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Author Topic: Philippine expressway system  (Read 50027 times)

Chris

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Re: Philippine expressway system
« Reply #450 on: January 06, 2021, 01:16:57 PM »

Looking at those Skyway videos: the road obviously is not finished. Why open it before it is completed? It seems unsafe and impractical, this way workers have to deal with traffic driving through their construction zone. Work can be completed much faster if there is no traffic present. In some parts of the road there are no road markings at all, it seems unclear whether traffic is supposed to run on one or two lanes.

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Re: Philippine expressway system
« Reply #451 on: January 06, 2021, 01:44:01 PM »

Looking at those Skyway videos: the road obviously is not finished. Why open it before it is completed? It seems unsafe and impractical, this way workers have to deal with traffic driving through their construction zone. Work can be completed much faster if there is no traffic present. In some parts of the road there are no road markings at all, it seems unclear whether traffic is supposed to run on one or two lanes.

- San Miguel seems to be planning on using the evening hours to complete the work.  Not saying whether that is the best possible approach, but I think it dates back to...
- Promises from October from SMC that the road would be opened in December.  There were delays due to rainstorms but they got it soft-opened in December 29th.  For that matter, the project itself is way behind the original 2014 schedule of 36-month completion, and behind schedule for a mid-2020 opening due to the Pandacan fire earlier that year.

Besides those two thoughts, some other ideas come to mind as well:

- wanting to already get people used to the traffic patterns, i.e. getting as many cars already to stop using EDSA if their destinations are not in Cubao or Ortigas.  This seems to have already been accomplished.  (Though EDSA itself is different due to one lane in each direction being reserved now for bus rapid transit, the EDSA Carousel as it is called.)  despite the 1 month free toll, the Del Monte tollbooths northbound are operational with gates - probably to also reiterate to drivers that they do need Autosweep RFID installed to use Skyway Stage 3, and that the stretch from Quezon Avenue to Sgt. Rivera is not uninterrupted.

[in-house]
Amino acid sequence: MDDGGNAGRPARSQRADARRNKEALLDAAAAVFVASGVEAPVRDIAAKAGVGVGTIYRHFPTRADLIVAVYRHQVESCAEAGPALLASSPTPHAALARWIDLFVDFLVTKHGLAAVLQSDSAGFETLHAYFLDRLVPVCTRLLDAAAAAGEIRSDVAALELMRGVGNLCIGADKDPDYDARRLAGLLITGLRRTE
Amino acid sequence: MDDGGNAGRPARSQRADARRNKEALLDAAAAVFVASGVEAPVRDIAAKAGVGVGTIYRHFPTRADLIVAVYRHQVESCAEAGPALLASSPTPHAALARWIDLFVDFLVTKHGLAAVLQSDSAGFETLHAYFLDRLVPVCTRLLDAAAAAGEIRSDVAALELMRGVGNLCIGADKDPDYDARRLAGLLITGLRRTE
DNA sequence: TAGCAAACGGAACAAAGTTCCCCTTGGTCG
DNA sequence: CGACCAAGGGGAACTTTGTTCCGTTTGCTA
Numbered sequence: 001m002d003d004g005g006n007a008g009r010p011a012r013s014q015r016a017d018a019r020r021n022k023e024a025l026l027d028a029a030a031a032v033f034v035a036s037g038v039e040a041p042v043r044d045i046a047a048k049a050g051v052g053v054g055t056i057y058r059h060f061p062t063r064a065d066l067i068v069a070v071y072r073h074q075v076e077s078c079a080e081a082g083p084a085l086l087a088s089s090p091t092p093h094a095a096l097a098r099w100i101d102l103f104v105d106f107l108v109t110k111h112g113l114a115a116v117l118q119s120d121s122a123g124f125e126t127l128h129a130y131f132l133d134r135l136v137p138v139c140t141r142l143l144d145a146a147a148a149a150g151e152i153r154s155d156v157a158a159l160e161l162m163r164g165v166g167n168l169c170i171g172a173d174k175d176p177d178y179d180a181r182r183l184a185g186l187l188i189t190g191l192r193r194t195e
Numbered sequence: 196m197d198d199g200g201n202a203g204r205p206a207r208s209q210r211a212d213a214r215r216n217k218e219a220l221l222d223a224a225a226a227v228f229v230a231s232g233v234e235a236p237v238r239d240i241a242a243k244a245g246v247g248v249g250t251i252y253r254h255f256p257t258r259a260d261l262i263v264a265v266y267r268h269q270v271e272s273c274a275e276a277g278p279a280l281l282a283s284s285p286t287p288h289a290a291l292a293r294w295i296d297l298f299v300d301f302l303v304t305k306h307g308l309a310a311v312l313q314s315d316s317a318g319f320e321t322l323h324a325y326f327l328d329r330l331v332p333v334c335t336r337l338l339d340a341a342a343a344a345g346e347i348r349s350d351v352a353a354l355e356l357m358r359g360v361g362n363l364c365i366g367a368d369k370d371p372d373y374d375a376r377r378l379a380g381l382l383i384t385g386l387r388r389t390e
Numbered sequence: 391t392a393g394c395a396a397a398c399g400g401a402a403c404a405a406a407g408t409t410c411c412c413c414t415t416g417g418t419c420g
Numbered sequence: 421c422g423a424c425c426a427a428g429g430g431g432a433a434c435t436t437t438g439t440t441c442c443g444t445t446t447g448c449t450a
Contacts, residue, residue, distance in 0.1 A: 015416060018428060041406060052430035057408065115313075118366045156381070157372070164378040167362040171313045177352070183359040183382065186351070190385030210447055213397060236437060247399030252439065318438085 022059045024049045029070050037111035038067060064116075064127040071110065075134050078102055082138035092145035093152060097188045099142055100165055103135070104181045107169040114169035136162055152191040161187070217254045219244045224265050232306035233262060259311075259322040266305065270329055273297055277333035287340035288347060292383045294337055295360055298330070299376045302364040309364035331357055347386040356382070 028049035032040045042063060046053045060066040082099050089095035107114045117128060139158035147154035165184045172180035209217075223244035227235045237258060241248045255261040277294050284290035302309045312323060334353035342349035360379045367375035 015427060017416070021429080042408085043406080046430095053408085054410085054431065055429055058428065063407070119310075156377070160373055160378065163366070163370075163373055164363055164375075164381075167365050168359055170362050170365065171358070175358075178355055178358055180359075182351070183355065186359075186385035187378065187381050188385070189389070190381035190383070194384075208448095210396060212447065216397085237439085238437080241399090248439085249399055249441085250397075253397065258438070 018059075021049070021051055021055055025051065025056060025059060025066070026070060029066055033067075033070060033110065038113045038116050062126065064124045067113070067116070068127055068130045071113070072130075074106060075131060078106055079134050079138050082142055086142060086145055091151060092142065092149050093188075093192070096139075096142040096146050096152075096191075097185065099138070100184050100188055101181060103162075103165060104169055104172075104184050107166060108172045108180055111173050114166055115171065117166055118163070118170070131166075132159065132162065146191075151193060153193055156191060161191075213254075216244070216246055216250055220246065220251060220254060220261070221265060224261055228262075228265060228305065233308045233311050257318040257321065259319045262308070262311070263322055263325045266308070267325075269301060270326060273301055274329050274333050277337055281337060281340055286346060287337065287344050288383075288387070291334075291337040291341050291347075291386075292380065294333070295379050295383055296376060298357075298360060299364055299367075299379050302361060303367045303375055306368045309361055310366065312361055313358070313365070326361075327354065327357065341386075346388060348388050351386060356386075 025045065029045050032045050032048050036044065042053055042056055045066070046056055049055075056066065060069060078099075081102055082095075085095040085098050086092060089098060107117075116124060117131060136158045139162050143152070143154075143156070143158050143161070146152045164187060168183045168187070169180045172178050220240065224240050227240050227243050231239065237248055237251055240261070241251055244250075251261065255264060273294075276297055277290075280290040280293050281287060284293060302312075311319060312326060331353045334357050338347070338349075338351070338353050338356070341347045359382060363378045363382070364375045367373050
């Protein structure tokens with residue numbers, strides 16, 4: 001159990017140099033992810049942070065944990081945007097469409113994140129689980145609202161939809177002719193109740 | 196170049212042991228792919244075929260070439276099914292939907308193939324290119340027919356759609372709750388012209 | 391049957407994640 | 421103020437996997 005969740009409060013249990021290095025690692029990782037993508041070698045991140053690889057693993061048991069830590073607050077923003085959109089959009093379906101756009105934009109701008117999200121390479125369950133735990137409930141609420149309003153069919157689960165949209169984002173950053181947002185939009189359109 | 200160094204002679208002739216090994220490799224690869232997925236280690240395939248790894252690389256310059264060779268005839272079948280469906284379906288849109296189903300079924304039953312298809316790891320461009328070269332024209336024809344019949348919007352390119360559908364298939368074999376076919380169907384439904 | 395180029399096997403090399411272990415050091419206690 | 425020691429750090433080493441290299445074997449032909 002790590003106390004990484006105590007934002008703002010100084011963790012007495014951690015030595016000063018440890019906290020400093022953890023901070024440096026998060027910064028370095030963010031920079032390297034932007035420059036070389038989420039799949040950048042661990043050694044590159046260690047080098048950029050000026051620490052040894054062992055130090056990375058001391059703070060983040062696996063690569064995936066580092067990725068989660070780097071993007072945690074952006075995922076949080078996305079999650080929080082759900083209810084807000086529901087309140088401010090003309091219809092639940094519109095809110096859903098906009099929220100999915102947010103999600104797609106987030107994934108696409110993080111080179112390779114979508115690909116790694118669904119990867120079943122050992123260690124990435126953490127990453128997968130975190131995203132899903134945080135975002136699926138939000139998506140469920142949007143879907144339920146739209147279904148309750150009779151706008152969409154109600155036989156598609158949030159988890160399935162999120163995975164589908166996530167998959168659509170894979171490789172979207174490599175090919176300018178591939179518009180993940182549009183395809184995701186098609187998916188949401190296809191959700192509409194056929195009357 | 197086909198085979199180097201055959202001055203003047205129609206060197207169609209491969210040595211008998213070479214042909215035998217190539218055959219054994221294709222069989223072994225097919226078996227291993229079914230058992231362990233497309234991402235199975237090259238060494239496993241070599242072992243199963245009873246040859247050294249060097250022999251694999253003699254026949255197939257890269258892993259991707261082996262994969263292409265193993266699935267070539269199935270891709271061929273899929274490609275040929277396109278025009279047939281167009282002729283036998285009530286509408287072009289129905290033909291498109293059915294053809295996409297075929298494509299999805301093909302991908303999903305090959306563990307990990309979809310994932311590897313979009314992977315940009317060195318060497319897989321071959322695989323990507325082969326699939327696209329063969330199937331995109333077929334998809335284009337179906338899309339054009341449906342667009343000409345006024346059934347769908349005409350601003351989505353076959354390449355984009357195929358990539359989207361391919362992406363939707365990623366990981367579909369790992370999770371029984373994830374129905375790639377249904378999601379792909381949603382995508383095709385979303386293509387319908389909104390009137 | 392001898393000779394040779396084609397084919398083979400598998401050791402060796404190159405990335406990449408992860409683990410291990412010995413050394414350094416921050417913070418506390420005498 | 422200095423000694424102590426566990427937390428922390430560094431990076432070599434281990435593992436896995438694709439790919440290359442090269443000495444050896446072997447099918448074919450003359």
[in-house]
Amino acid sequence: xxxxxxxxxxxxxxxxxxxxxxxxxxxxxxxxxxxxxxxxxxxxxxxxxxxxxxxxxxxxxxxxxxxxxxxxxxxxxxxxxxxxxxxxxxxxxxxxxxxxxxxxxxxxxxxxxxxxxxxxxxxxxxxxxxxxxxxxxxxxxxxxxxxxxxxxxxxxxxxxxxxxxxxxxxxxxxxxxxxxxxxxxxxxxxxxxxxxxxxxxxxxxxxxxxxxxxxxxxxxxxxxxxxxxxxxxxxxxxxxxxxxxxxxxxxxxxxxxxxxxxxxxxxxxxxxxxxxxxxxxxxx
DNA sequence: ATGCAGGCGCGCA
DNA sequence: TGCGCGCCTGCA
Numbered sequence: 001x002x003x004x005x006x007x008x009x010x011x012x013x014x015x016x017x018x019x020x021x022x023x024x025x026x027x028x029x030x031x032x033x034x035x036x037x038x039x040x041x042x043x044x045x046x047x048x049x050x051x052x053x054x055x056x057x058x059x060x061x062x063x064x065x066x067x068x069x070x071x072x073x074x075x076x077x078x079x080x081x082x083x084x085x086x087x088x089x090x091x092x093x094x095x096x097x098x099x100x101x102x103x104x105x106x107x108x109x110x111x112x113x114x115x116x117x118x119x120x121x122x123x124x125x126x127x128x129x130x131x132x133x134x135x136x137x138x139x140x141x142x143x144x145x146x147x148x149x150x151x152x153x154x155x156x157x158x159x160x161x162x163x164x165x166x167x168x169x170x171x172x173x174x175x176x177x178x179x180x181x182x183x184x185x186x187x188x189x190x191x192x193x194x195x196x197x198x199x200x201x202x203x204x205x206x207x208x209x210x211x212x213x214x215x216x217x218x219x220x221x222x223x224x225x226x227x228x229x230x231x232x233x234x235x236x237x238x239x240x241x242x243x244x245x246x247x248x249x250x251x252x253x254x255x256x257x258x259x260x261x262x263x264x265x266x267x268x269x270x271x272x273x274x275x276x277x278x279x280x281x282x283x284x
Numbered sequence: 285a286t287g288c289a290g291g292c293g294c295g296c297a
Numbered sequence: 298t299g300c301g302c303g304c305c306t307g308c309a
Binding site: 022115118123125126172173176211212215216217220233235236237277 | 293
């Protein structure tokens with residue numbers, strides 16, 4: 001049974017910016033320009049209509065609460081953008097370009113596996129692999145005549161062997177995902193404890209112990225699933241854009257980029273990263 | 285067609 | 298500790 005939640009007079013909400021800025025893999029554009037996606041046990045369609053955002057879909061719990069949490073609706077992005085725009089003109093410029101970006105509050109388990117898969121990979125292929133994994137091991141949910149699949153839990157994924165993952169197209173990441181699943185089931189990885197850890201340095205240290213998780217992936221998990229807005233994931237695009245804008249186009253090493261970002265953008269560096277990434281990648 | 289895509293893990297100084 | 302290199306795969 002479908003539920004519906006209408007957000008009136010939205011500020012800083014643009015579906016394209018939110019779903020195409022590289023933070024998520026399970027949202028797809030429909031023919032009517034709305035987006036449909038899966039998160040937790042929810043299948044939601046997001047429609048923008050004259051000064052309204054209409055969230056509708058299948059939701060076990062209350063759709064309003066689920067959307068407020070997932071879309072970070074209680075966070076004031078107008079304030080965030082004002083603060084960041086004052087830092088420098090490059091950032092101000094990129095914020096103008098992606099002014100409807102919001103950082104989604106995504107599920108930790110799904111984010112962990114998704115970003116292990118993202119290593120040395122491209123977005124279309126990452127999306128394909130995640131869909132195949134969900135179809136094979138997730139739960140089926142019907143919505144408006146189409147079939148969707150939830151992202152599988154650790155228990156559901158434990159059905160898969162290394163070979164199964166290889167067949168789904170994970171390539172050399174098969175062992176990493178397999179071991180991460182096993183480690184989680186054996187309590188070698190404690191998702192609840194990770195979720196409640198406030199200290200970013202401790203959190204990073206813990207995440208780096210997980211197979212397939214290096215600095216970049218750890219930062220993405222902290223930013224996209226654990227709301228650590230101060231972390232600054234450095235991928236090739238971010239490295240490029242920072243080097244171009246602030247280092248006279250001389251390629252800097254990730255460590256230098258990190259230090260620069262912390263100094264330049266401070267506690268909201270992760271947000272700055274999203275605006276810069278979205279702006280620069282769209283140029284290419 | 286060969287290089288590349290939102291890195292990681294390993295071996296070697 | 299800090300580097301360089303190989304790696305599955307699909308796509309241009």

- testing out how much the existing ramps on Skyway Stage 3 can handle.  The only one that is a design issue is the Quezon Avenue interchange and that seems to be a combination of ROW issues that are beyond San Miguel's scope at the moment, and other ramps (Bayani/E. Rodriguez offramp and onramp southbound, San Juan-Santa Mesa Bridge onramp and Landargun Street onramp northbound) not being open yet, and it does seem as annoying as that offramp congestion is - with up to a half hour wait - that it is still a time savings northbound compared to staying on EDSA to get to Quezon City.

- also testing to see how well the road handles the weight load of regular commute traffic, so far so good.  The flooding problems near Balintawak have mostly been discovered via commuter Youtube videos.

- Given that SMC is a private enterprise, I don't know if their social media team would admit to it but the Youtube videos from regular Filipinos serve as a form of viral advertising for the highway.  (This is after all a country in which the NLEX tollway has sponsored a pro basketball team!)  Many of the videos involve someone using a stopwatch to time the Buendia-Balintawak drive or some variation of such.  From personal experience, I can vouch for EDSA between Magallanes and Balintawak being a 2 hour parking lot in the past, so the idea of a through freeway is so novel for Metro Manila residents compared to the congestion they've endured in Manila city limits and along EDSA.

« Last Edit: January 06, 2021, 01:47:02 PM by TheStranger »
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Chris Sampang

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Re: Philippine expressway system
« Reply #452 on: January 06, 2021, 11:56:52 PM »

A video of a nighttime drive from Cavitex to Roxas Boulevard to R10 and finally the NLEX Harbor Link (to Smart Connect Interchange). Can definitely see how the NLEX Harbor Link is a little wider and faster than Skyway Stage 3.

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Short commute trip on Skyway Stage 3 from Quezon Avenue to Makati.  Most notable sight, at 4:22 in this video, is that this might be the first good view of the E. Rodriguez/Bayani Street ramp from southbound Skyway in Quezon City, the offramp does look to be one lane wide.

The notch at 9:56 looks to be for the future ramp from southbound Skyway to northbound NLEX Connector.

11:04 is another new ramp under construction, a very wide (two lane?) ramp that is likely part of the Nagtahan interchange - not just to provide access to Mabini Bridge, but the planned Pasig River Expressway west segment heading to Intramuros and Anda Circle from Plaza Azul.  (This could also be a future toll plaza)


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All seven lanes of the Skyway Stage 3 mainline to be opened in a week (January 14)
https://sg.news.yahoo.com/smc-prepares-skyway-stage-3-000000304.html